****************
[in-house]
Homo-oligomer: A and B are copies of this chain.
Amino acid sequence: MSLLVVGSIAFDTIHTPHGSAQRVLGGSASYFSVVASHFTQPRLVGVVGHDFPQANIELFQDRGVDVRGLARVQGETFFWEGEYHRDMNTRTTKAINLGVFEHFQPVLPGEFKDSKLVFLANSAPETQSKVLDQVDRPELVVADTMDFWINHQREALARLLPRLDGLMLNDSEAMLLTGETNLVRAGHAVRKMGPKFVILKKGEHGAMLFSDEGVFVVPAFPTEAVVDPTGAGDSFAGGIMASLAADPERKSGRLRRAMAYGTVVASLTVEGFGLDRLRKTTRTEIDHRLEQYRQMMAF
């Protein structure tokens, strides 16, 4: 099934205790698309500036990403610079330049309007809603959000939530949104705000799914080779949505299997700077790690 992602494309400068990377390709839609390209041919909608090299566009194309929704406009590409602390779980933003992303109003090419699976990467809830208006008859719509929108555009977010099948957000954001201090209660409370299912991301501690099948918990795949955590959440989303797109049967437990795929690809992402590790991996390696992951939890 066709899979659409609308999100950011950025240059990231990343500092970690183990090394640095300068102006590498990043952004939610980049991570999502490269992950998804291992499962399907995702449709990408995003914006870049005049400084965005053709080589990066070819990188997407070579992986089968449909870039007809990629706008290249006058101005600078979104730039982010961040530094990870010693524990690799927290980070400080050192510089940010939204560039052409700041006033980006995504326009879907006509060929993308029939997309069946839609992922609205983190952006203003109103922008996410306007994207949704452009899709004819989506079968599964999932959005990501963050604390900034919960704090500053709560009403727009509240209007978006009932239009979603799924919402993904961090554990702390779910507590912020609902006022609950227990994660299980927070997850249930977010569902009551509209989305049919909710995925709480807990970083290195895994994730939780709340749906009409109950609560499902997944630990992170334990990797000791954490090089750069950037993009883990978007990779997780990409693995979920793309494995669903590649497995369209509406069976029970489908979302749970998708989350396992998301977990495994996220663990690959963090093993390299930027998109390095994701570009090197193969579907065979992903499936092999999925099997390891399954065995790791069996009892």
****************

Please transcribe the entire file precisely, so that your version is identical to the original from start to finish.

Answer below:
[in-house]
Homo-oligomer: A and B are copies of this chain.
Amino acid sequence: MSLLVVGSIAFDTIHTPHGSAQRVLGGSASYFSVVASHFTQPRLVGVVGHDFPQANIELFQDRGVDVRGLARVQGETFFWEGEYHRDMNTRTTKAINLGVFEHFQPVLPGEFKDSKLVFLANSAPETQSKVLDQVDRPELVVADTMDFWINHQREALARLLPRLDGLMLNDSEAMLLTGETNLVRAGHAVRKMGPKFVILKKGEHGAMLFSDEGVFVVPAFPTEAVVDPTGAGDSFAGGIMASLAADPERKSGRLRRAMAYGTVVASLTVEGFGLDRLRKTTRTEIDHRLEQYRQMMAF
């Protein structure tokens, strides 16, 4: 099934205790698309500036990403610079330049309007809603959000939530949104705000799914080779949505299997700077790690 992602494309400068990377390709839609390209041919909608090299566009194309929704406009590409602390779980933003992303109003090419699976990467809830208006008859719509929108555009977010099948957000954001201090209660409370299912991301501690099948918990795949955590959440989303797109049967437990795929690809992402590790991996390696992951939890 066709899979659409609308999100950011950025240059990231990343500092970690183990090394640095300068102006590498990043952004939610980049991570999502490269992950998804291992499962399907995702449709990408995003914006870049005049400084965005053709080589990066070819990188997407070579992986089968449909870039007809990629706008290249006058101005600078979104730039982010961040530094990870010693524990690799927290980070400080050192510089940010939204560039052409700041006033980006995504326009879907006509060929993308029939997309069946839609992922609205983190952006203003109103922008996410306007994207949704452009899709004819989506079968599964999932959005990501963050604390900034919960704090500053709560009403727009509240209007978006009932239009979603799924919402993904961090554990702390779910507590912020609902006022609950227990994660299980927070997850249930977010569902009551509209989305049919909710995925709480807990970083290195895994994730939780709340749906009409109950609560499902997944630990992170334990990797000791954490090089750069950037993009883990978007990779997780990409693995979920793309494995669903590649497995369209509406069976029970489908979302749970998708989350396992998301977990495994996220663990690959963090093993390299930027998109390095994701570009090197193969579907065979992903499936092999999925099997390891399954065995790791069996009892």